Position paper for the Workshop "Real Time Multimedia and the Web".
Author: Kjell Øystein Arisland
The concept of "Real Time Multimedia on the Web" appears to be loosely defined in current practice as the incorporation of real time audio and video in Web pages. Discussing "Real Time Multimedia and the Web" may therefore easily degenerate into a discussion of what kind of syntax, formats and protocols the Web needs to accomplish this technical extension.
Such a technical discussion is certainly needed, and it is not the author's intention to belittle it in any way. However, we also need substantial innovation on the Web, much as what Marc Andreessen and his cohorts did at NCSA when they developed Mosaic.
This position paper takes an opposing view of what real time multimedia should be, not for the purpose of academic discussion, but mainly because the author feels that the great potential of the Web is not being developed as it should. The Web is turning into an alternative publishing medium instead of becoming the great interactive communications tool many of us want it to be.
What I am driving at can be summed up in a simple question:
"Why can't I walk in real-time through a real building on the Web, much like I can play the game "Doom" on my old 386?"
To many, the answer will be simply: "Bandwidth limitations", and they are right, of course. Yet they are also wrong.
The beauty of "Doom" and its many follow-ups were in the masterfully conceived and equally craftily engineered implementation of user-interaction, making the game-player feel like an extension of the game itself. The graphics "bandwidth" was quite limited, in that a 386 processor imposes serious restrictions on real time animation.
One may also see a parallell type of artistic mastery of the CD-ROM platform in the aestethically pleasing, yet also very engaging game "Myst". Again, the "bandwidth" is limited. Graphically, the animation is very simple, but the CD-ROM storage capacity is used successfully to atone for slow graphics.
It may be argued that the bandwidth limitations on the Web are quite different from the bandwidth limitations in presenting animated graphics on an old PC. This is, however, beside the point, which is that there is always a bottleneck somewhere, but the true artist works around it.
When will we see masterpieces of computer interactivity as innovative as Doom and Myst on the World Wide Web platform?
Soon, hopefully, but there is a need for standardization of syntax, formats and protocols to support methods for real time programmed interactivity. The term programmed interactivity is used here to denote those aspects of real time multimedia not covered by audio and video, namely programmed, animated, interactive, graphics based applications.
There may be many more good methods around that can help us achieve better real time interactivity, but the above three do work. In the CandleWeb project we have implemented these methods in the Å (pronounced "awe") language, and our results, however simple, may serve as a basis for discussion.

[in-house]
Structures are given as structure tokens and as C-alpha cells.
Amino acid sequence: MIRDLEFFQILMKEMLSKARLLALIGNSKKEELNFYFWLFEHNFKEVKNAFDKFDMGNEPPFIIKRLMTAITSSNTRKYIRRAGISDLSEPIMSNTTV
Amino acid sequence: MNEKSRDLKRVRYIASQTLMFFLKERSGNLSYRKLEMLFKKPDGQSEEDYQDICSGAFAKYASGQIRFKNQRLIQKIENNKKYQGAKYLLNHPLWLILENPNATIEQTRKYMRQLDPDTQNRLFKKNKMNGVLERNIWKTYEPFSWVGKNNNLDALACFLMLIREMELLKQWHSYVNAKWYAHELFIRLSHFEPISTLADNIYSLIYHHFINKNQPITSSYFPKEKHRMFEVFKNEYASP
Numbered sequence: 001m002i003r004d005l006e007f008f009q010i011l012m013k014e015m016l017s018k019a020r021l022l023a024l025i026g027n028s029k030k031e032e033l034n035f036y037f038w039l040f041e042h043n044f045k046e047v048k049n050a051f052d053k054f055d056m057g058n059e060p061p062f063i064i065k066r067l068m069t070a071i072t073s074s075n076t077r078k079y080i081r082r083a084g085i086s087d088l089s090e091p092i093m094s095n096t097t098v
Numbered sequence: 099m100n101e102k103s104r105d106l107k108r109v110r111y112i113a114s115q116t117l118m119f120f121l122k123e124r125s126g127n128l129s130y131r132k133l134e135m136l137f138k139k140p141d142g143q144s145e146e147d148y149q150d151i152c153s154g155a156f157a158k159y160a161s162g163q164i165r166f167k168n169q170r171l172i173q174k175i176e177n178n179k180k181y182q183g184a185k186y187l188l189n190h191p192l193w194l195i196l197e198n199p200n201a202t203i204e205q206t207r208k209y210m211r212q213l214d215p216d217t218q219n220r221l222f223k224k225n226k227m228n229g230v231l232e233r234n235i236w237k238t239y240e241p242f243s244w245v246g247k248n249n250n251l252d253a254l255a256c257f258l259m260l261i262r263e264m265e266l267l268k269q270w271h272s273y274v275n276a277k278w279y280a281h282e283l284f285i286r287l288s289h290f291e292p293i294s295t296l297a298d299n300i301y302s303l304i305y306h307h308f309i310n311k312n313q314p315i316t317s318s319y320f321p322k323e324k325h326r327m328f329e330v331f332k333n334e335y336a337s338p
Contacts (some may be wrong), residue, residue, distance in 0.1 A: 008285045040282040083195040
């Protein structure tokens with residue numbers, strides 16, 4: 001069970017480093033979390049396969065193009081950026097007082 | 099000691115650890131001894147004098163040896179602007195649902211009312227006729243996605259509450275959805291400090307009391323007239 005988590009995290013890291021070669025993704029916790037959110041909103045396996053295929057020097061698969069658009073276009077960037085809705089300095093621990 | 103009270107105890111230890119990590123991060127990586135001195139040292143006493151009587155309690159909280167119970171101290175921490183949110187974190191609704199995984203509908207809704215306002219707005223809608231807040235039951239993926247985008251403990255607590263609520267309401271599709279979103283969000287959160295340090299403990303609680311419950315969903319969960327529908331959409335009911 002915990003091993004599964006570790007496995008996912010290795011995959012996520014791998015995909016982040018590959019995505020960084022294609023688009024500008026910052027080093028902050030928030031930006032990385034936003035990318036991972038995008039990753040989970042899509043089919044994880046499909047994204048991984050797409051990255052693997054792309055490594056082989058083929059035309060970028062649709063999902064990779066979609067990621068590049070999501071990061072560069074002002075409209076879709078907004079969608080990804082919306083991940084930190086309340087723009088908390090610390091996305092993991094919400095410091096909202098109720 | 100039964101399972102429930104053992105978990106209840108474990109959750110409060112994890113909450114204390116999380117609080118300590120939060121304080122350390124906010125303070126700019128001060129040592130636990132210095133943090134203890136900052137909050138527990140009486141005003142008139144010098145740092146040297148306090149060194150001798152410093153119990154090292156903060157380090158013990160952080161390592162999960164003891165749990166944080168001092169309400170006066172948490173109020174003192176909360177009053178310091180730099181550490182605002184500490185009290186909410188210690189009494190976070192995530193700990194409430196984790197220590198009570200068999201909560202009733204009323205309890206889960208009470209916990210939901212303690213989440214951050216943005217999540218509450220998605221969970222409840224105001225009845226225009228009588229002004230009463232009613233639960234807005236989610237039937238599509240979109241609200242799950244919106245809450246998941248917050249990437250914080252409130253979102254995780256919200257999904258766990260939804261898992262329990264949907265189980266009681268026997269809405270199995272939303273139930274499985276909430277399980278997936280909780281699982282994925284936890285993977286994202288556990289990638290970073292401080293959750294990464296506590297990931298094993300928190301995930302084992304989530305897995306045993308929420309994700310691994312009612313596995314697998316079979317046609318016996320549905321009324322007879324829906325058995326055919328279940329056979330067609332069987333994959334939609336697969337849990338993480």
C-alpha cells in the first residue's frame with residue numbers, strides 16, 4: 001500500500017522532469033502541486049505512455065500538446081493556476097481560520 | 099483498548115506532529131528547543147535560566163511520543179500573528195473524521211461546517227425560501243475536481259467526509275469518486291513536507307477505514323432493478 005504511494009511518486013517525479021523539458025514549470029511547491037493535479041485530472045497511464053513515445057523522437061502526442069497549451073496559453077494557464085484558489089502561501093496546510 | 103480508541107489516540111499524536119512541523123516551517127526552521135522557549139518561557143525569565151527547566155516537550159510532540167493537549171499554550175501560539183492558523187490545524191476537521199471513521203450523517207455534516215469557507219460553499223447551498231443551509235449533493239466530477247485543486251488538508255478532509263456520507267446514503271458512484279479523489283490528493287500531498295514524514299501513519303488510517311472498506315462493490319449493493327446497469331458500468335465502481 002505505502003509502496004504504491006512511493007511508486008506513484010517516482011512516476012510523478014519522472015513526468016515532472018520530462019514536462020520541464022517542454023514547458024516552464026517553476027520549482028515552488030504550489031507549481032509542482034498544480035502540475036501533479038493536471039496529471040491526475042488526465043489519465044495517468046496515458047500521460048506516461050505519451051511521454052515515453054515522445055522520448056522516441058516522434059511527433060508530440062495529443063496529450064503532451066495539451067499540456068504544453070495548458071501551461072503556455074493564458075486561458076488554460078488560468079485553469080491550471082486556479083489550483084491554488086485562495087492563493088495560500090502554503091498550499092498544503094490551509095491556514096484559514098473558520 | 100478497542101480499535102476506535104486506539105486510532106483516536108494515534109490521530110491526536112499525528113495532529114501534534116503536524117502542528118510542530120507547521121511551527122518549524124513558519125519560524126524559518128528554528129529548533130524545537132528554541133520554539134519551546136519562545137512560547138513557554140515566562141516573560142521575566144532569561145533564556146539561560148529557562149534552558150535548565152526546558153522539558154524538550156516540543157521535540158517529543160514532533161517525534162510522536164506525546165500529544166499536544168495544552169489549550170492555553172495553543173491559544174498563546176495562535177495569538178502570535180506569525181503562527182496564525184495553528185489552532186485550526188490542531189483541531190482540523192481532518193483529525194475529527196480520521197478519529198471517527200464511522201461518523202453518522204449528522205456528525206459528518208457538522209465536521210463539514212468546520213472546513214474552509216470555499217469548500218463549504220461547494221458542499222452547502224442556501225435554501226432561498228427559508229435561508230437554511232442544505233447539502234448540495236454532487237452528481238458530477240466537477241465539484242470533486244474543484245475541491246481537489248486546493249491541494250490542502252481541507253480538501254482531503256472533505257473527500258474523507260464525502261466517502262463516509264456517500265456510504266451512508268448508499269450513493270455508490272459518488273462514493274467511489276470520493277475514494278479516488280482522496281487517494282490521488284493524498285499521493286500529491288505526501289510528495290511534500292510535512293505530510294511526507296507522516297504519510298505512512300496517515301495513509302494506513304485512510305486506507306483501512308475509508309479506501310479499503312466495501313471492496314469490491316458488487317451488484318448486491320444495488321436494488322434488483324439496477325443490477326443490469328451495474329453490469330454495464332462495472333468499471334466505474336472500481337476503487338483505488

Simply stated, the Å language, and the CandleWeb helper application, work much like Java does, interpreting the Å language code locally on the user's own platform. In addition, the Å language has built-in animation support including graphics objects, input objects, and automatic screen updates with double-buffering. There is also a semantic mechanism called "empowered variables" which connects variables in the interpreted code to the graphics objects, so programmers can update graphics objects by just changing the values of variables.
An interesting feature of the Å language and the split between imperative code and graphics objects is that it lends itself favorably to graphical WYSIWYG authoring. In fact, implementing graphics based applications such as educational animations generally take only 1/3 of the time and produces 1/3 of the code compared to using common programming languages like "C", "Pascal" or even Java. An authoring tool called "Awethor" is available, written in Å, with some extensions to the CandleWeb client for local file read and write.
As for audio, Å has support for playing both RIFF and MIDI, and as Å is interpreted, playing can be locally controlled. Real-time standards for audio and video will certainly be incorporated in Å.
For a general introduction to the CandleWeb platform, see the paper  The paper , describes the Å language, and the full spec can be found at .
The CandleWeb application is available for most UN*X platforms and for WIN95. In recognition of the fact that most users are reluctant to download helper applications, and that the Web really doesn't need several execution platforms, we are currently implementing an Å-to-Java compiler. The compiler will make it possible to use the simple and efficient Å language to design applications that will run under Netscape and other browsers with Java support.
Real time multimedia is certainly more than real time audio and video. Animated graphics that are program controlled can be as interactive as any other media type, and as programmers, this is our own backyard we are talking about! The CandleWeb platform defines an example of primitives for animated graphics handling that could easily have been included in the Web at an earlier stage. How about it, are we going to give away our birthright to the Web as programmers to music publishers and television moguls, or are we going to enhance the Web with real time multimedia for real programmers?
Kjell Øystein Arisland is an assistant professor at the Department of informatics, the University of Oslo, Norway, and Chief Disorganizer & Administrator of CandleWeb AS (a Norwegian Corporation). Email: email@example.com or firstname.lastname@example.org